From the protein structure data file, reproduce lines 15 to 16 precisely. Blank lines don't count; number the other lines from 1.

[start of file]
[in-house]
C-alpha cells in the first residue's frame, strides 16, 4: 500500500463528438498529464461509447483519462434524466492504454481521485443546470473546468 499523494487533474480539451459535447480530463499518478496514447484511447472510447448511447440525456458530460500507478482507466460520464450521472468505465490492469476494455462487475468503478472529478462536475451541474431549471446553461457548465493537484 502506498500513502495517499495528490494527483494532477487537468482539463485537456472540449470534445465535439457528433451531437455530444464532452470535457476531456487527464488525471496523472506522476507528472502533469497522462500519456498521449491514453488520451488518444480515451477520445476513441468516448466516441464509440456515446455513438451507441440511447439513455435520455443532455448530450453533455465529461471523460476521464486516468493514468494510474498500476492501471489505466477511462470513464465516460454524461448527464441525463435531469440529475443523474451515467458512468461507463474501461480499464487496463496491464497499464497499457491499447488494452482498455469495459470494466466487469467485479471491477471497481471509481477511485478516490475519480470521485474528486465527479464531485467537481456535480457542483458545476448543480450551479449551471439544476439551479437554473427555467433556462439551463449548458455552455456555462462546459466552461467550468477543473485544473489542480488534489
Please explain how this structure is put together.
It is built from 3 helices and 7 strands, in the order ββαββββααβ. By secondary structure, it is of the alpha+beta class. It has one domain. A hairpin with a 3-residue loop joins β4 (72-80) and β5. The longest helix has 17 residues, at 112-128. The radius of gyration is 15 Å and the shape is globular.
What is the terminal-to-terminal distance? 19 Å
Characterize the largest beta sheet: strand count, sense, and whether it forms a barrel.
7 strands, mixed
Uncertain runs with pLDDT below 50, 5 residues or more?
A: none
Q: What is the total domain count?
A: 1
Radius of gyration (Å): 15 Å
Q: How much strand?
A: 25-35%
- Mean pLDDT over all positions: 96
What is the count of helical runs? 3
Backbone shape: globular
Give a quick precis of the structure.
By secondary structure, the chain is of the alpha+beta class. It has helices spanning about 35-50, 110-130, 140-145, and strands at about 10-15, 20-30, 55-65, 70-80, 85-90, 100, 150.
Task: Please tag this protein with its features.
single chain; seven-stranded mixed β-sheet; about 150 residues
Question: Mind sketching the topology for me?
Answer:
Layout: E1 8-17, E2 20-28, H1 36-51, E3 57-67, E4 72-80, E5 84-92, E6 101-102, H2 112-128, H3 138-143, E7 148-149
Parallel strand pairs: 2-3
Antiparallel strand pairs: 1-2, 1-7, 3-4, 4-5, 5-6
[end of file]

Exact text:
- Mean pLDDT over all positions: 96
What is the count of helical runs? 3